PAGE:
The right way to use a Trigger Warning

How to write a trigger warning?

How To Write A Trigger Warning

Trigger warning / Content warning: What are they and how to use them?

If you have ever been on the Internet, you might have seen those mentions in an article, blog posts, social media, or others. What are they? In wording, TW stands for Trigger Warning, CW stands for Content Warning. But words aren’t enough to understand those small but essential acronyms.

When posting on the Internet, one does not control their audience. 

Content Warnings will be used to describe something that might upset readers, that might make them feel bad, without referring to a traumatic experience. It might, for example, refer to a phobia, to nudity, to blood, to birth, etc.

Trigger Warnings are here to prevent people who have experienced traumatic experiences to be exposed to something that might trigger a physical and/ or mental reaction. Trigger is the key word here. “Trigger*” is used to talk about PTSD and mental illness. “Triggered” and “offended/upset” are not the same concept.

I can be upset if I see a picture of a beautiful cake because I cannot bake, but it won’t trigger a post-traumatic reaction. Some common triggers are evocation and/or images of sexual violence, physical violence, violence on kids, war scenes, domestic violence, eating disorders, etc.

Of course, one doesn’t know every traumatic experience that exists, and some people might have had trauma with uncommon things. So no, you cannot always guess, and yes, you might sometimes miss something. That happens.

How to use Content Warning / Trigger Warning?

Now that we understand what they are let’s find out how to write a trigger warning/ content warning.

When posting a picture on a social media, start your description with the warning type (“TW:” or “CW:,”) and then add keywords. Make them clear enough that people know whether they want to go on with the read or not, but not so descriptive that they might alone trigger a reaction.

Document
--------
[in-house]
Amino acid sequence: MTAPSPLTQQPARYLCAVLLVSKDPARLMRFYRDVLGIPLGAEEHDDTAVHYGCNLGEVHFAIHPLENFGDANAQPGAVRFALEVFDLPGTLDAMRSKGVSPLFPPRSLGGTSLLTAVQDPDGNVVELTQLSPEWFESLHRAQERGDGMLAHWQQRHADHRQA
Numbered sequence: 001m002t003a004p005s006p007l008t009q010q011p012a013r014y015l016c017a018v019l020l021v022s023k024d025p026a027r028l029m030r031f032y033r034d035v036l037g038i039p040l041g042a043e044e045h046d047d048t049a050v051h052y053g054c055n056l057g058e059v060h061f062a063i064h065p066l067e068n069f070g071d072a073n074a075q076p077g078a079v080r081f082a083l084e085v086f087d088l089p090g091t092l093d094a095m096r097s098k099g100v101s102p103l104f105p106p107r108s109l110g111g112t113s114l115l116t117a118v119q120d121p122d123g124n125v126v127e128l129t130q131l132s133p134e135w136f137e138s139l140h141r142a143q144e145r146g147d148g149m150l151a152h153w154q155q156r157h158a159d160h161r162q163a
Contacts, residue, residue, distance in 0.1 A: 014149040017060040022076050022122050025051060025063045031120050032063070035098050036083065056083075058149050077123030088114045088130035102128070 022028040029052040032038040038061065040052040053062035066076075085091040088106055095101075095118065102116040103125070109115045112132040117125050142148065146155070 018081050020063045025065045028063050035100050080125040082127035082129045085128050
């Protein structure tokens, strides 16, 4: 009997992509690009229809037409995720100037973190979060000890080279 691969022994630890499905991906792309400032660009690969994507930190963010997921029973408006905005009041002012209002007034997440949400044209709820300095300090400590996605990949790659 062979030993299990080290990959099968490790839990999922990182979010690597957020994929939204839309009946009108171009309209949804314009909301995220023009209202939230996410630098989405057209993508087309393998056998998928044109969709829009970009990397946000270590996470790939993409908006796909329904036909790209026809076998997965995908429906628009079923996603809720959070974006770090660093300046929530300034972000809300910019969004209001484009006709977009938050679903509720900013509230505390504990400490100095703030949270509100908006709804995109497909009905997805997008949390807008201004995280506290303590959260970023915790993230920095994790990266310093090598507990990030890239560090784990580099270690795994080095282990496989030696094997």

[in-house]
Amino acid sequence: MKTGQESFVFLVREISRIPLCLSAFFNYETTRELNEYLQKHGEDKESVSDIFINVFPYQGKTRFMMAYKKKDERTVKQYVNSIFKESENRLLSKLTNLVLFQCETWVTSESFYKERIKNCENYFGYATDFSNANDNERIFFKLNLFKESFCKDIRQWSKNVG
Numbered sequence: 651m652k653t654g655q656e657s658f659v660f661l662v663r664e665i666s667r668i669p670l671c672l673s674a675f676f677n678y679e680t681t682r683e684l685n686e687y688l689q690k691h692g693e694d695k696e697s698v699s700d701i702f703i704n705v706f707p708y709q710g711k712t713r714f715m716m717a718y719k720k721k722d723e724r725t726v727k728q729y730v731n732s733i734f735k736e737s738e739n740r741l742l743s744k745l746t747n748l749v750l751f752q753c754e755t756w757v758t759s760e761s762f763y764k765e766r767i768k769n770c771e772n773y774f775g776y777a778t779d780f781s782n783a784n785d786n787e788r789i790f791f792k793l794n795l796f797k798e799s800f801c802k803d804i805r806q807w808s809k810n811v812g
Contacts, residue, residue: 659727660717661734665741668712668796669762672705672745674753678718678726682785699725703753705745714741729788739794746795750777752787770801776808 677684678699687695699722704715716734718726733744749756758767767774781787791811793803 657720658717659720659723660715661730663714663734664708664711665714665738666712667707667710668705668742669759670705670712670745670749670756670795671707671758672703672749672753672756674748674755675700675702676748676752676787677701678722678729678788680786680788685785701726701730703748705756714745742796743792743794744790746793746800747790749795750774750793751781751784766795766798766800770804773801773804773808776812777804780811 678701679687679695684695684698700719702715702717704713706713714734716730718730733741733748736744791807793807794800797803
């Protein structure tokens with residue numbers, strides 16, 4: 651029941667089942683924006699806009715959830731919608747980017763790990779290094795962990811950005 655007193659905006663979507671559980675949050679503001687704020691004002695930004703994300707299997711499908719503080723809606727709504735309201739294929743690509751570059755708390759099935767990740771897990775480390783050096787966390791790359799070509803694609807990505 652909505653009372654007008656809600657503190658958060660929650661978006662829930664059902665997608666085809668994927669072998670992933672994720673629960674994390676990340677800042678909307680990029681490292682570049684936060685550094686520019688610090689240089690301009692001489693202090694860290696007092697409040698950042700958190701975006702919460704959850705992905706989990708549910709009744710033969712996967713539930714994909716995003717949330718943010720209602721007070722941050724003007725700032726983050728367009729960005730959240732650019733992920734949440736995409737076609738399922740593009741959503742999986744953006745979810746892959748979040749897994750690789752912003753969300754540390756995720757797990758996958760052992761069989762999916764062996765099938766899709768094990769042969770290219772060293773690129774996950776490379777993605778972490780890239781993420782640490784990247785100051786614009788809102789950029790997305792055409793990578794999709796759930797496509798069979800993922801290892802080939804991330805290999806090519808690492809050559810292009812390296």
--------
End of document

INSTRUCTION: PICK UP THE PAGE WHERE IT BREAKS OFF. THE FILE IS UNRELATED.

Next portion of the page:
Then, go next line, add a period, go next line, add a period, and repeat. By doing that, the description will be hidden, and your readers will be able to decide if they want to click on the “read more” option or not. If you do not do that, the text will appear right away, and the person deciding not to read your text will have it right under their nose.

CW and TW should not be mistaken for descriptions. No, you cannot write “CW: cute, adorable, love.”

CW and TW matter because you do not know who might read your text. When chatting with friends, we often know what we can talk about or not.

When writing on the Internet, we are opening to people from all over the world, with different life experiences. If you take two minutes to insert your TW, you might save someone from a panic attack, from nightmares, from suicidal thoughts, and you will show them that you acknowledge their experience.

So for 2019, let’s be as good at hiding triggering information as we are at hiding spoilers =)

This Blog Post about ” how to use a trigger warning ” has been written by Leslie Many


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Comments (4)

  1. A

    The thing about adding what the trigger might be after a trigger warning should be more well known. I see so many people put ‘trigger warning’ or ‘content warning’ but not specify any further, and then I never know- what is it: Wounds? Something sexual? Death? How do I know if it’s something that might trigger me? And I never know whether to take that chance or not.

  2. Bernie Block

    Thanks for the info, I didn’t know what a trigger warning was – Bernie Block

  3. T W

    I often see trigger warnings typed in online leet-like speak, e.g. “s3xua! as$ault”. Is there a reason for this? Is it just to avoid potential social media censorship about such topics?

  4. Kay

    Thanks for this. Helpful. In terms of your examples – birth for many may be a TW not just a CW. Many people have had traumatic birth experiences.

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